Beautiful LEGO: Wild! (英語) ペーパーバック – 2015/9/1
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Scenes from nature spring to life in Mike Doyle's latest curated collection of LEGO art, Beautiful LEGO: Wild! From botanical marvels to adorable critters—as a sea otter family made from 3,500 LEGO pieces—every page is sure to delight the artist and naturalist in all of us.
Interviews with LEGO masters from around the world give you a glimpse into the inspiration behind these incredible works of art. Discover amazing landscapes, insects, mythical creatures, and more, all within the enchanting pages of Beautiful LEGO: Wild!
"Like all good art, the sculptures in Beautiful LEGO: Wild! help us appreciate the beauty of what they represent...celebrates the interconnectedness of nature and LEGO."
"Beautiful LEGO: Wild! is a journey from the smallest bacteria to sweeping natural vistas, all made from the colorful toy bricks."
"Showcases the wild beauty of LEGO models."
We were expecting a book with builds based on the book's stated theme of replicating the natural world, but a full half of the included builds are of fantasy worlds and popular characters: these odd choices include Grumpy Cat, the "peanut butter jelly" dancing banana, and many, many takes on JRR Tolkien's Middle Earth (by way of Peter Jackson's movies). A full chapter is dedicated to "artificial life," with photos of robotic-looking centipedes and the like. Interesting builds (even if many of them we've seen already on various LEGO blogs and websites), but not what we were looking for in a book themed as "Wild!"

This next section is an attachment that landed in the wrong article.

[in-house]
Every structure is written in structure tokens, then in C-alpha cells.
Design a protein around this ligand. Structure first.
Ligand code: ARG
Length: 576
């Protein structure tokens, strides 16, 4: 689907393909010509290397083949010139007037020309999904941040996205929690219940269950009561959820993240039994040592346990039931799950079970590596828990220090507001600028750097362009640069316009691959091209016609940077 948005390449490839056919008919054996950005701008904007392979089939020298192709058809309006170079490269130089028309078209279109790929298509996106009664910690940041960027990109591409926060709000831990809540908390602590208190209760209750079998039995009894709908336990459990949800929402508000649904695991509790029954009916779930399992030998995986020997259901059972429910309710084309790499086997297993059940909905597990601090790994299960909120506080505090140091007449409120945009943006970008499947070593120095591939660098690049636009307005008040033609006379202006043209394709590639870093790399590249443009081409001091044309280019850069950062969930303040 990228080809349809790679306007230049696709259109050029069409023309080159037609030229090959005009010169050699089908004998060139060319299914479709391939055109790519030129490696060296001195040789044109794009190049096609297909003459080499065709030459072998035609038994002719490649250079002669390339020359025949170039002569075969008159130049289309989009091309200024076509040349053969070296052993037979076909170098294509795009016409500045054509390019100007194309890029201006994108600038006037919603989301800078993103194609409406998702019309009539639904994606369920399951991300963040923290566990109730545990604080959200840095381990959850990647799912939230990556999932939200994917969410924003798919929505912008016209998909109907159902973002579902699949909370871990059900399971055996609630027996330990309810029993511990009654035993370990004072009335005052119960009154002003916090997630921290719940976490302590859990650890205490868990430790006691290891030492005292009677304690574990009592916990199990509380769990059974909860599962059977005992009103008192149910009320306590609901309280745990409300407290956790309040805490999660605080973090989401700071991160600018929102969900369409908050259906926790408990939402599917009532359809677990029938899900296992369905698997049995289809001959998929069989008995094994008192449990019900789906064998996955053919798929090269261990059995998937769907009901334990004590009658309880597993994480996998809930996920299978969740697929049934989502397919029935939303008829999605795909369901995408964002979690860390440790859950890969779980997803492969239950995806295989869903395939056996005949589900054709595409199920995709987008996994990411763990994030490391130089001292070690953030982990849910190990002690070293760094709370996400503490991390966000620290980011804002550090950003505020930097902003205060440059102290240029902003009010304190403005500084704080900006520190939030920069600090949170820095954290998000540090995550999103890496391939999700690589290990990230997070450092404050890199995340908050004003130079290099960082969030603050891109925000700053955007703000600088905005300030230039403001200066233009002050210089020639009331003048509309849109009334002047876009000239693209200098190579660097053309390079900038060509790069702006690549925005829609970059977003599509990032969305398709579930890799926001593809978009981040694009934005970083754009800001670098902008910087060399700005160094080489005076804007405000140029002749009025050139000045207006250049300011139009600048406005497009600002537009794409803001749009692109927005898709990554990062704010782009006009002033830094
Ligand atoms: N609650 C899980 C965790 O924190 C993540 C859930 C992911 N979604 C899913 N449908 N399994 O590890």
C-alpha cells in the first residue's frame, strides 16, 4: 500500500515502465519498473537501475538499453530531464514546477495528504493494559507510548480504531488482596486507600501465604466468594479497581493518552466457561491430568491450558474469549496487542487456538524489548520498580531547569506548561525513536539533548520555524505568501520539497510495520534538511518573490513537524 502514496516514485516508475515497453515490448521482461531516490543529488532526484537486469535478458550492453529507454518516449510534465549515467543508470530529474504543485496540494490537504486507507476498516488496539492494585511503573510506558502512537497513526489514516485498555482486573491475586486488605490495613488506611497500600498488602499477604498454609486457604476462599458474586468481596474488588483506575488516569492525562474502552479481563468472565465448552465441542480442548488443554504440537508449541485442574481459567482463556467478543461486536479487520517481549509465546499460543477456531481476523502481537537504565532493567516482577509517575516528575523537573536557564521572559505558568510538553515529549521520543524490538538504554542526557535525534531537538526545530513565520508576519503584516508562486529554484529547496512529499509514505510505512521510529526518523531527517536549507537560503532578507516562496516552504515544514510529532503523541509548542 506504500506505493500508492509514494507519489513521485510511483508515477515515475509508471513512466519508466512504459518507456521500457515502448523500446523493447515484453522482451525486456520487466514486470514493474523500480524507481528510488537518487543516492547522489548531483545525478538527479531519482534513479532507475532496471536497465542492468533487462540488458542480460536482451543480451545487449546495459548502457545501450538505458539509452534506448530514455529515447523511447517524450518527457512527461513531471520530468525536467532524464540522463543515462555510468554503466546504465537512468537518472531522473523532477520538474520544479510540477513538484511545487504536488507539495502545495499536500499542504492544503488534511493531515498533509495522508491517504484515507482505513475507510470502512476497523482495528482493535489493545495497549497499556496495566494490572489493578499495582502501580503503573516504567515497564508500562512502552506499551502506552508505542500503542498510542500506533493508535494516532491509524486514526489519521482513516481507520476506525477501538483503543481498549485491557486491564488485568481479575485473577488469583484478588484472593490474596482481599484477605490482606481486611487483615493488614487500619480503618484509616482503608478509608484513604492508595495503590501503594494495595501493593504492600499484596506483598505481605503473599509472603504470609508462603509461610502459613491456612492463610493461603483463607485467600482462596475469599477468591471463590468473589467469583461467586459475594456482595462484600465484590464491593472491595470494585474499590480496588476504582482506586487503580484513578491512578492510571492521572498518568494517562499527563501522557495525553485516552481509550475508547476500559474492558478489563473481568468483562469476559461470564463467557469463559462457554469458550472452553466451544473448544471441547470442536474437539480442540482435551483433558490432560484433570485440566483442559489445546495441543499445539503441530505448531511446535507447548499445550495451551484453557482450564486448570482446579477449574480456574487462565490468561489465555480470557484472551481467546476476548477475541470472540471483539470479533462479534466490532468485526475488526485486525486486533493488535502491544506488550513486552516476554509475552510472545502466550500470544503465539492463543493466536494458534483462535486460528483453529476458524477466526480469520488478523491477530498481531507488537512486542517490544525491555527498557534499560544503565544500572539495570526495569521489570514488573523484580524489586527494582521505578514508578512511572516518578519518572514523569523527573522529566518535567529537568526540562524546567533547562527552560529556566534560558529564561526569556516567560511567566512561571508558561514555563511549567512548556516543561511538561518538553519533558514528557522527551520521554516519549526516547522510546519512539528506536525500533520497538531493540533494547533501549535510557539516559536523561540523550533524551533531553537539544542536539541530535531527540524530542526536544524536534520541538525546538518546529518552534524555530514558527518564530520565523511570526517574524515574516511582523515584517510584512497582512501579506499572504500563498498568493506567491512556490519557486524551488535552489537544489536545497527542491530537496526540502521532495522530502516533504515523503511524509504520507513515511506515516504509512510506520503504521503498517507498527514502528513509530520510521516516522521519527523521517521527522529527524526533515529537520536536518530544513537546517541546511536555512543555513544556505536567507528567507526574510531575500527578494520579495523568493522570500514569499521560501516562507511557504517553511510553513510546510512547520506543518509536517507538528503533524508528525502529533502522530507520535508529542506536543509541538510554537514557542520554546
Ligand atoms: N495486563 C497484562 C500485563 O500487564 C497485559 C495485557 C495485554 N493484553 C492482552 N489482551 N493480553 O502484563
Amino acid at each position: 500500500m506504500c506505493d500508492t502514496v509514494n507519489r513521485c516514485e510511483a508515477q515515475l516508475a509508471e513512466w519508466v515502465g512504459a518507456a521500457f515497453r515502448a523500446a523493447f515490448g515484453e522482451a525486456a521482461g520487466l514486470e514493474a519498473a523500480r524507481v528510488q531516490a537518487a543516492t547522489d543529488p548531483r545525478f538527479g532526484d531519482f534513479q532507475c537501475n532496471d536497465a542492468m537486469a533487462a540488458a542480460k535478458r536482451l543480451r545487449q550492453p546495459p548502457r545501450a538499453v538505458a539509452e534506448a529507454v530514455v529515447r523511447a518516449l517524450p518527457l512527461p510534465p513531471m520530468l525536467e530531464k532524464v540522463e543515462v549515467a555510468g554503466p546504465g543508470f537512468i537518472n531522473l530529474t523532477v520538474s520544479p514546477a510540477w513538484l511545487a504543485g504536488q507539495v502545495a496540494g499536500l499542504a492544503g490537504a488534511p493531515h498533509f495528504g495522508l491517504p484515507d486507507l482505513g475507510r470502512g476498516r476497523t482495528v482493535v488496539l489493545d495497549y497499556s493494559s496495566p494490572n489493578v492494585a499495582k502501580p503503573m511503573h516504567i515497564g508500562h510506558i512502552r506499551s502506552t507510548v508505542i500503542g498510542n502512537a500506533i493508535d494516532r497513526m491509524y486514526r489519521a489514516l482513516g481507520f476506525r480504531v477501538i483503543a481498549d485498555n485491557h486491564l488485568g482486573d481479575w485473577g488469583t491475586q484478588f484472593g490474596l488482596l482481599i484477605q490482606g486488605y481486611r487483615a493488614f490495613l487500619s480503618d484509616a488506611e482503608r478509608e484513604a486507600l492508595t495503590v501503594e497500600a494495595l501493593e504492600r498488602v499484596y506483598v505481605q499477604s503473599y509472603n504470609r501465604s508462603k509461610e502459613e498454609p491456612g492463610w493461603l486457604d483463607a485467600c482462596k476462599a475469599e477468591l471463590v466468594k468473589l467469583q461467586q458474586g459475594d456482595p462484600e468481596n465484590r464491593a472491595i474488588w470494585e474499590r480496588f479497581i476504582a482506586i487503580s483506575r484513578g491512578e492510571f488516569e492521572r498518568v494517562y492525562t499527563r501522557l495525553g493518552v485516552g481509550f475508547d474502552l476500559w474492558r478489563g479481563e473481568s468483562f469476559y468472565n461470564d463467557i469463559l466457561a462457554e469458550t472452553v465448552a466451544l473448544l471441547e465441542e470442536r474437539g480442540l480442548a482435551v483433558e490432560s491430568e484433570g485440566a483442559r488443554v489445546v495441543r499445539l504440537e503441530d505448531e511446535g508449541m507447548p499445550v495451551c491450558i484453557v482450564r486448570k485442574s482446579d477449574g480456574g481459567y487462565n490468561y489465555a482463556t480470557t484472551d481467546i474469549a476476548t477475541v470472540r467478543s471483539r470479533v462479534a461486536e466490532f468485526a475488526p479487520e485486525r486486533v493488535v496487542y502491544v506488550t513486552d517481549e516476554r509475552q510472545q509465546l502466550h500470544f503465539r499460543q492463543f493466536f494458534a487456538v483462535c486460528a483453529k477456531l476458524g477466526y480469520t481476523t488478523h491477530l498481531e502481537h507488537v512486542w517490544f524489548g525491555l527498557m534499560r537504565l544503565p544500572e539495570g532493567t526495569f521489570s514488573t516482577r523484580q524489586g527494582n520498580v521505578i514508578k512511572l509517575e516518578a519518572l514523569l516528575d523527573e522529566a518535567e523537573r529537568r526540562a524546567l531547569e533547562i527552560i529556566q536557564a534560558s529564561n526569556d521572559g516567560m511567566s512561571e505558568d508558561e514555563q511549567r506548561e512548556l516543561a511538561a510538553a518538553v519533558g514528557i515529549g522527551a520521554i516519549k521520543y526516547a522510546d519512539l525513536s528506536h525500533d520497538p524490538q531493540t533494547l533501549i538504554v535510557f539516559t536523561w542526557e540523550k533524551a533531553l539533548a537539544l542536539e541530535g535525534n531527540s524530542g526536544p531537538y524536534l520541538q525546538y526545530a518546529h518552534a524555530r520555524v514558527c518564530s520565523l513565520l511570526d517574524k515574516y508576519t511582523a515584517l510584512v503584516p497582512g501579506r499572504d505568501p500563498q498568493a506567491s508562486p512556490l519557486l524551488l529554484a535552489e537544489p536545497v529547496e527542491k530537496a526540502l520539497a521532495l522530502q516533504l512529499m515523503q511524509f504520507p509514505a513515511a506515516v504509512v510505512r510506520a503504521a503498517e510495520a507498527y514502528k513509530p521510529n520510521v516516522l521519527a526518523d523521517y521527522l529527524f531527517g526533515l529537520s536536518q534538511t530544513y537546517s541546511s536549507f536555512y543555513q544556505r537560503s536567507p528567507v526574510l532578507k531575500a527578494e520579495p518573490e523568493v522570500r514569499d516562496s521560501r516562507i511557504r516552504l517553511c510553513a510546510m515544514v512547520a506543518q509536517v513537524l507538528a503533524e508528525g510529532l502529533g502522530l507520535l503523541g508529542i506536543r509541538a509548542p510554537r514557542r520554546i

We were also disappointed that there is almost no text to accompany the photos. I know this is a coffee table-style book, but even the typical coffee table book offers some context! For serious builders like my eight year old, it's frustrating to flip through this book and find nothing on technique, nothing on construction. A couple of bigger names get short biographical notes, but that's it.
Some of the editorial choices seemed odd, too, like including tiny, strangely cropped photos of big, intricate builds (requiring thousands of pieces) right next to huge photos of small, basic builds (with few pieces). Rather than try to cram in so many builds like a joyless inventory, why not fill some of that empty page space with close-ups to focus on nice details of the larger builds? Or why not include a few photos of the process of building, rather than just the finished products?
All in all, I think this would be a much more satisfying book if fewer, on-theme builds were included, with more informational text on how the creators built their work. Perhaps some ideas for revisions for later editions?